x Abu Dhabi, UAETuesday 16 January 2018

Revolutionary Guard turns corporate

An inquiry is planned into the corps' stake in a telecommunications firm, the latest in a line of growing interests - from oil to the black market.

BEIRUT // The increasing power of Iran's Revolutionary Guard Corps (IRGC) has come under renewed attention, with some analysts warning that the organisation could be headed the way of Pakistan's all-powerful intelligence agency; an unaccountable military-industrial conglomerate, with tentacles reaching in to every aspect of the state. Most recently, Iran's parliament announced that it would be investigating the reported US$8 billion (Dh29.36bn) acquisition of a controlling stake in Iran's telecommunications company by a subsidiary of the IRGC, the latest example of expansion of the security force, set up in 1979 by Ayatollah Khomeini for the purpose of "guarding the revolution", in to the economy.

The commercial interests of the organisation, known in Farsi as the Pasdaran, are now believed to total billions of dollars, with their interests ranging from oil fields to car manufacturing to black market smuggling. In addition, the appointment of ultraconservatives close to the supreme leader to key positions in the Guards this week has heightened fears that the supposedly neutral organisation is becoming a tool for the suppression of political opposition.

"They are the strongest force in the country now," said Baqer Moin, a former head of the BBC Persian service. The Guards' agenda will be a key factor in the outcome of both Iran's nuclear negotiations with the West and the current domestic political turmoil sparked by the June 12 elections, analysts say. The organisation, made up of approximately 120,000 employees, was set up by the Ayatollah primarily to defend the country against external threats after the revolution. During the Iran-Iraq war, they became known for their determination and bravery against Saddam Hussein's armies. The IRGC is often characterised in the West as fanatical, partly because of the activities of its Al Quds (Jerusalem) unit, responsible for overseas intelligence activities in Lebanon and elsewhere, and accused by the US, among others, of terrorist activities.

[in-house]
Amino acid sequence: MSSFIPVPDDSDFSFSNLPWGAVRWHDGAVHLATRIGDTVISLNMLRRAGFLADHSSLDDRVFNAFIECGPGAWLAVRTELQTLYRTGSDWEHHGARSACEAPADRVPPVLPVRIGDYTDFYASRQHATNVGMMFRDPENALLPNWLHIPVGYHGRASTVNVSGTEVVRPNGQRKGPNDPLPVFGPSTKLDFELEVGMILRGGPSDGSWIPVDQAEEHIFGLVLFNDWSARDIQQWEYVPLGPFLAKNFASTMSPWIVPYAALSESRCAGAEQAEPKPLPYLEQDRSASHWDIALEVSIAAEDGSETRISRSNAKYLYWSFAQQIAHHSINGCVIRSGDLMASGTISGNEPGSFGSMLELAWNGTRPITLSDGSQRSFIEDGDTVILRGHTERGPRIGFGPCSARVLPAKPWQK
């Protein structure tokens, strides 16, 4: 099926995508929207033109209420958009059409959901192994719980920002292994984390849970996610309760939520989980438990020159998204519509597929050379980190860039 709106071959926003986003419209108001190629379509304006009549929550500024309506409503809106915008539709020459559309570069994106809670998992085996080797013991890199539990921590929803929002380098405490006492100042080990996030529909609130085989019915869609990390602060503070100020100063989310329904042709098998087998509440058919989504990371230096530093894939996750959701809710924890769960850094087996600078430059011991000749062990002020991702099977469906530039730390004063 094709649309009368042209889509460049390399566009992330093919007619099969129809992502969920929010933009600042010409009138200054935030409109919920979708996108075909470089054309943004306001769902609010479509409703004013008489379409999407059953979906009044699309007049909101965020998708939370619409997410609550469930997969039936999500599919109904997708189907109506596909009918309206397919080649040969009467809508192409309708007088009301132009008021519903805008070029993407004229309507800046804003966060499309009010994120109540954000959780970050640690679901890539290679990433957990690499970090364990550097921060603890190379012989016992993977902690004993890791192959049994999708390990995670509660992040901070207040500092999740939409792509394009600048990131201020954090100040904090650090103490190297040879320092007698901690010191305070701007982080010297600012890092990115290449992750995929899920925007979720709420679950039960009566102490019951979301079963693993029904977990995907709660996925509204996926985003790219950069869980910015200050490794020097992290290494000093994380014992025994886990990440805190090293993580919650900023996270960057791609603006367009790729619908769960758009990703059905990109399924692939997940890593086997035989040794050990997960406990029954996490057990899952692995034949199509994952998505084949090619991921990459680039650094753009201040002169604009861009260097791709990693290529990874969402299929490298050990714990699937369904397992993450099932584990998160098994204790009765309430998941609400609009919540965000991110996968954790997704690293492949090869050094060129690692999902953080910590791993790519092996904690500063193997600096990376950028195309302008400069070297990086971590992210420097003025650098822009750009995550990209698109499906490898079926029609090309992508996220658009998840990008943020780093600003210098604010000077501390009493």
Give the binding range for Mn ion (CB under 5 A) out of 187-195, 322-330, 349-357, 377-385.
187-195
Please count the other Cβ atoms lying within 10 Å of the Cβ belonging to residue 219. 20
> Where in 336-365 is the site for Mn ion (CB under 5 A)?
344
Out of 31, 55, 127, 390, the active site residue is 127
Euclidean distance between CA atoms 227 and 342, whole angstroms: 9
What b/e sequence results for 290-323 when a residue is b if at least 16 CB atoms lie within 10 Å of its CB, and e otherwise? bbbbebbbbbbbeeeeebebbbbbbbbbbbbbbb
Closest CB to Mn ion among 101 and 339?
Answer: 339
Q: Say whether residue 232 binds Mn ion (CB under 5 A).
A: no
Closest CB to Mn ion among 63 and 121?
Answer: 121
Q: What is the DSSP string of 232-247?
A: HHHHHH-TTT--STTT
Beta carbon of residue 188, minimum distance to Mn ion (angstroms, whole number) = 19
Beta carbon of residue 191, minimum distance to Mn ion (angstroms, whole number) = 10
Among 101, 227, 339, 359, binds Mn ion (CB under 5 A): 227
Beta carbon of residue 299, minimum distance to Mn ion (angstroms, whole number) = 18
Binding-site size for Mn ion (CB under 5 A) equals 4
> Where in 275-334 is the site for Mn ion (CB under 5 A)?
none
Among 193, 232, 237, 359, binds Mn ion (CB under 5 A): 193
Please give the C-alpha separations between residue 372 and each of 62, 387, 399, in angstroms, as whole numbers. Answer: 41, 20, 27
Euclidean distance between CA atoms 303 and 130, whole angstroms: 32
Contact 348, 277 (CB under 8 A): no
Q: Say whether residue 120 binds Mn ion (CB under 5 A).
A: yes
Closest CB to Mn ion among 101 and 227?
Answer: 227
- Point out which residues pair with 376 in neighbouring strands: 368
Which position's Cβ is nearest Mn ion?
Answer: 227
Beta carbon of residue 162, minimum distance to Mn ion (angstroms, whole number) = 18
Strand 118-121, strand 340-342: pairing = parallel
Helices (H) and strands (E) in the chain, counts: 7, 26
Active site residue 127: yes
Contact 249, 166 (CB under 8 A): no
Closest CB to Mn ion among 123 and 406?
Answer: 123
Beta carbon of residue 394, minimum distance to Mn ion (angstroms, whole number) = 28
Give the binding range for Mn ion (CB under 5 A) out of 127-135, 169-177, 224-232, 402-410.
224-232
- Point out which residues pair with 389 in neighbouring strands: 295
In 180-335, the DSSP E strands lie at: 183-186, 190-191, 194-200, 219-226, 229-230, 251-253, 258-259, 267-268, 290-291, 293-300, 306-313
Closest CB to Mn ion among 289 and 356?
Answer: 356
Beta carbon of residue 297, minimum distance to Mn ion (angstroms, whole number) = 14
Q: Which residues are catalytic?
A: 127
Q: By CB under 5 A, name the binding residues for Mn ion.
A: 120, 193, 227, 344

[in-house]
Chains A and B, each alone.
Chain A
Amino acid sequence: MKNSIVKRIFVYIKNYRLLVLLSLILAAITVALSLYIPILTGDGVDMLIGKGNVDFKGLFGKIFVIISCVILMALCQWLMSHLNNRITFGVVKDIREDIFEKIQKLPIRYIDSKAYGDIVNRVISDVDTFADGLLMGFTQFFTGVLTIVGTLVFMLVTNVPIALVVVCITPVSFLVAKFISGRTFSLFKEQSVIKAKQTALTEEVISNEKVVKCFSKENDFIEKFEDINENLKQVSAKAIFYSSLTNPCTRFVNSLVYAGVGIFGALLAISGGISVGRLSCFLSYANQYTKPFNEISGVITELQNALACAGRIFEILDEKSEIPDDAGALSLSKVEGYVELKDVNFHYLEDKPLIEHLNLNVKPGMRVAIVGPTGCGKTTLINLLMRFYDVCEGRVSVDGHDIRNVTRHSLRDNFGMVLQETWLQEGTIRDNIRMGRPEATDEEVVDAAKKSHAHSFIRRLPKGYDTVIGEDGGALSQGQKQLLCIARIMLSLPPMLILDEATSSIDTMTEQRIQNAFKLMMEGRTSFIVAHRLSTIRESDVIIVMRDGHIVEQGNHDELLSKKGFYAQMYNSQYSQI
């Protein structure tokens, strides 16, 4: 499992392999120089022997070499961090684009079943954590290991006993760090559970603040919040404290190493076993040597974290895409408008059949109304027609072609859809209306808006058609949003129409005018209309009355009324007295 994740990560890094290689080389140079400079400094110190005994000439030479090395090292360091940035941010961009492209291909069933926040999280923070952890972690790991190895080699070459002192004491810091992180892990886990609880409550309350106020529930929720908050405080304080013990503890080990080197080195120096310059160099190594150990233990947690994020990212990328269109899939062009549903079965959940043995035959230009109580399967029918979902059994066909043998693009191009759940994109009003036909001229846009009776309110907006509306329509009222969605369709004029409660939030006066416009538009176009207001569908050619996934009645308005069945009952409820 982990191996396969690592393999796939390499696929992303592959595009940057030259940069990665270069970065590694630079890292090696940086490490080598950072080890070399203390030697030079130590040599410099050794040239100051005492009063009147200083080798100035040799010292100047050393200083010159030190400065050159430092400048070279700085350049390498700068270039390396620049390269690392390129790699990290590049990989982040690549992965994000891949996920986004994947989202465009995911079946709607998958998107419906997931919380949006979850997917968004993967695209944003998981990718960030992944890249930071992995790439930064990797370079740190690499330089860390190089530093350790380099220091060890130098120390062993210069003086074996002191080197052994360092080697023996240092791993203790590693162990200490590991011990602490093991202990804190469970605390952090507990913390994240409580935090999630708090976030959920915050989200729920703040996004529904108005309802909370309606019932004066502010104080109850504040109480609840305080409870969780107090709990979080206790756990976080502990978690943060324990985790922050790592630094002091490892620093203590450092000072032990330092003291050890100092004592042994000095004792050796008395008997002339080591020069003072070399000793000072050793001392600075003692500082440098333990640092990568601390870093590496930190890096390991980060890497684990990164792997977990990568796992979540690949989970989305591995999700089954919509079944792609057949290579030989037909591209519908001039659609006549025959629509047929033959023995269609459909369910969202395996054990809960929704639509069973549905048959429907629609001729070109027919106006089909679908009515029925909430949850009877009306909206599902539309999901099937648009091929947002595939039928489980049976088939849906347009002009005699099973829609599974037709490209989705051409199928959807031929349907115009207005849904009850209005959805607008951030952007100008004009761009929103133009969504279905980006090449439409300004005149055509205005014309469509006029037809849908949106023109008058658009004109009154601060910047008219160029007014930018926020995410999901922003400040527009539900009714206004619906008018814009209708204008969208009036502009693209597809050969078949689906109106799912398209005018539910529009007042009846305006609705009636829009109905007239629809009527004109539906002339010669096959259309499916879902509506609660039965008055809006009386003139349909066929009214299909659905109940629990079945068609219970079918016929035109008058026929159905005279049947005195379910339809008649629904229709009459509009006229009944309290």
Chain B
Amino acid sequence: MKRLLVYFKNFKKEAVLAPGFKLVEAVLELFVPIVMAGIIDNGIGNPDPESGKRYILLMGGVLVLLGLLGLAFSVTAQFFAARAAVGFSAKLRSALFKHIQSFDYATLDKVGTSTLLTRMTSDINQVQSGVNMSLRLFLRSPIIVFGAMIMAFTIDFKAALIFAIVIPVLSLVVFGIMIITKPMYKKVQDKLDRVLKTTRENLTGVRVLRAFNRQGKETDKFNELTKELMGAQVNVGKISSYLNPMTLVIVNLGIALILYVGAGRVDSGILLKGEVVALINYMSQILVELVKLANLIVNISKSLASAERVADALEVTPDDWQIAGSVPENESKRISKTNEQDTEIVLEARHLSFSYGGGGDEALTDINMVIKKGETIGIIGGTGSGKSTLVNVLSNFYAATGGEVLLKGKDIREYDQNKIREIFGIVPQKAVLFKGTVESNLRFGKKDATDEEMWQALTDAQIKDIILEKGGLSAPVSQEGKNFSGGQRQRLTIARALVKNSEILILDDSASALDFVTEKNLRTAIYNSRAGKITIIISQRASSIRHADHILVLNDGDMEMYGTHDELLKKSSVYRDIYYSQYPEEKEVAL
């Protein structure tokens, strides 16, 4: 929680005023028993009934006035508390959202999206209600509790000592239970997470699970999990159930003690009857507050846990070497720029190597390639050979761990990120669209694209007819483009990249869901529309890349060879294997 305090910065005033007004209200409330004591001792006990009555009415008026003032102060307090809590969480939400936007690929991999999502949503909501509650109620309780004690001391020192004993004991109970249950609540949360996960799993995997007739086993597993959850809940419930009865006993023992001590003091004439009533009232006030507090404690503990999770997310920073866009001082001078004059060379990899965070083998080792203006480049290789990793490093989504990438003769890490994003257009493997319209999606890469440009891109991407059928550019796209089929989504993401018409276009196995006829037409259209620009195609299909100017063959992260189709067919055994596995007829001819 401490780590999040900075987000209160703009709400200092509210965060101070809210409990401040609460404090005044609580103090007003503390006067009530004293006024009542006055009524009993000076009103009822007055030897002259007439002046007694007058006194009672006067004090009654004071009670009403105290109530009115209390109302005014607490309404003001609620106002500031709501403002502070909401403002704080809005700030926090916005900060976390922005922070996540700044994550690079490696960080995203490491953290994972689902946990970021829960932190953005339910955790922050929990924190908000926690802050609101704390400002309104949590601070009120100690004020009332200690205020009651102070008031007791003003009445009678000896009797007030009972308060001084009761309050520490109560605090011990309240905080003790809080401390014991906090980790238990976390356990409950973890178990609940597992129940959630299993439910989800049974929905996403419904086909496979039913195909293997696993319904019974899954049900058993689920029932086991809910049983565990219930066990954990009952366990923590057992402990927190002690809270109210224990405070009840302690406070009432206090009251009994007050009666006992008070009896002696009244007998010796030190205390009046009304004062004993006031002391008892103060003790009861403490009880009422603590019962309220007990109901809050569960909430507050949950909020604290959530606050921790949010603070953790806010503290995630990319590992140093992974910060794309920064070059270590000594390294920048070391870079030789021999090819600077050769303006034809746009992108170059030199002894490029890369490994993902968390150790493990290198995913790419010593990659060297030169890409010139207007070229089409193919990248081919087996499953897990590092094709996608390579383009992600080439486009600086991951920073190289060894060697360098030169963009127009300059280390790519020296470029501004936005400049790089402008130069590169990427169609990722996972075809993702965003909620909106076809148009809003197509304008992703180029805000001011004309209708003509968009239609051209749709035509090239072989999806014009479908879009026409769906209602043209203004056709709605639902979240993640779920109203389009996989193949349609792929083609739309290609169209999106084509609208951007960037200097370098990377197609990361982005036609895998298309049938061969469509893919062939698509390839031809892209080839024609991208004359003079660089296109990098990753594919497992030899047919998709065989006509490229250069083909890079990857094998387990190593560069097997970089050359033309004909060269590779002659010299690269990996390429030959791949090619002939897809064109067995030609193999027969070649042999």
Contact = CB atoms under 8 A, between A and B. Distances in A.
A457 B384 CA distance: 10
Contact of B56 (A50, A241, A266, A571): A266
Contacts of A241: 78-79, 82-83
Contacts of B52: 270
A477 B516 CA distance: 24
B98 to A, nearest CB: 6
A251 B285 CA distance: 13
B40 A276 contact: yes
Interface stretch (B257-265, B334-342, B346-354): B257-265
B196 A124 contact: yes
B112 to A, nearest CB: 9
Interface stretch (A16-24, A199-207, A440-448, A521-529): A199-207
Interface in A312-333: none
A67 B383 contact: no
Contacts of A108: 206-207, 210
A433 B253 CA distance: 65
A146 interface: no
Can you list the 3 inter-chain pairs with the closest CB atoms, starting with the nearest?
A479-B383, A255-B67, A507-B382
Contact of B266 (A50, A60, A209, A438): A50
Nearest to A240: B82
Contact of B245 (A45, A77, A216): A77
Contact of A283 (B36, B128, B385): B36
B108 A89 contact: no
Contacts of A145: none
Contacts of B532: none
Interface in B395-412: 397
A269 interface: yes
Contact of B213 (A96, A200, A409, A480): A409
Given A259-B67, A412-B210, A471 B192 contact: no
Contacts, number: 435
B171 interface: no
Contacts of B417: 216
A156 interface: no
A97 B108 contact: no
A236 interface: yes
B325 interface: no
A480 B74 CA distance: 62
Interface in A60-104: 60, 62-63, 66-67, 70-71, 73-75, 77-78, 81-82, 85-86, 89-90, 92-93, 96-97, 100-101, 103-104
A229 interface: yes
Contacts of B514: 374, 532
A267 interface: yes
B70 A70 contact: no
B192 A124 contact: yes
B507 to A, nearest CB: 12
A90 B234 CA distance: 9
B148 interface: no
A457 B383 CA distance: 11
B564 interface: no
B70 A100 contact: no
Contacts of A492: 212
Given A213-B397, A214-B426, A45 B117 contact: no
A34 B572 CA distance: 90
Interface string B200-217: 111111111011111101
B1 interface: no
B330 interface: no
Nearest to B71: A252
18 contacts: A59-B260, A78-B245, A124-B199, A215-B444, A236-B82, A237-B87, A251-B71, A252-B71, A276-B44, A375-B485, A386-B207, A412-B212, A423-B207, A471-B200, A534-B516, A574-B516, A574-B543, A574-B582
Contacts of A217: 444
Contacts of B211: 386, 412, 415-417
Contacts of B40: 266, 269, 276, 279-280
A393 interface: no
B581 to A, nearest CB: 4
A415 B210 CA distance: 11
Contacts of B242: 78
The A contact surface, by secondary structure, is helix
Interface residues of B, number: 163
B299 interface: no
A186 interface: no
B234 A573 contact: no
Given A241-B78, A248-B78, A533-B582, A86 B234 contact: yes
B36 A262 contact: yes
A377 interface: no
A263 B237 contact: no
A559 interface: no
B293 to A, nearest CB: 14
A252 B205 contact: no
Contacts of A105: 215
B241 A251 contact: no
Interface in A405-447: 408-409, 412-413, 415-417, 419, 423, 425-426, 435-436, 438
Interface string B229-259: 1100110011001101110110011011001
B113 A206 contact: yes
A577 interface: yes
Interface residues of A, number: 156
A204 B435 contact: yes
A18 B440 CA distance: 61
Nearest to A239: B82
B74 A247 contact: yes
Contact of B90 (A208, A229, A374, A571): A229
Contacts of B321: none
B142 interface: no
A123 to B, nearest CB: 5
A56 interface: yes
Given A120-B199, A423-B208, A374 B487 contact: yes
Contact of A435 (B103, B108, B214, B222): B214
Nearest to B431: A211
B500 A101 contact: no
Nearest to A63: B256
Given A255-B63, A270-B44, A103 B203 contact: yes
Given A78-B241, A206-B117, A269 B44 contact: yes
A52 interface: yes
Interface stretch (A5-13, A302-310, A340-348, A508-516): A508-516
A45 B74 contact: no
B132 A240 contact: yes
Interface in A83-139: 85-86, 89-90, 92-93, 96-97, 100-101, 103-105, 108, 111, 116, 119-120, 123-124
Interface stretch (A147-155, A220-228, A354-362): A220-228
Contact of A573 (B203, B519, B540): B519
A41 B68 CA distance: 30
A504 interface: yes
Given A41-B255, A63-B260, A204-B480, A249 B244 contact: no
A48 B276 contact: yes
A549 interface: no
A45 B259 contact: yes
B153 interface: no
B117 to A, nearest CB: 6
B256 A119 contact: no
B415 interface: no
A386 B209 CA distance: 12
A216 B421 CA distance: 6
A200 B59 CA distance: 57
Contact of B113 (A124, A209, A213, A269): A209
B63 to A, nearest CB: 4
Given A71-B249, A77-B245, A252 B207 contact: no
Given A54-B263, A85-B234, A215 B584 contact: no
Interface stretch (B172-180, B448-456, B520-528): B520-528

But many who joined the Guards during the Iran-Iraq war saw it as a patriotic duty. "Imagine what it is like if a big power attacks your country," said one former officer, speaking on condition of anonymity. "You felt as though it was the Guards that were holding the country together. It was a very intense feeling." The officer eventually left when the war finished, partly because he found the ideological atmosphere oppressive. "They were so patriotic they couldn't stand other ideas."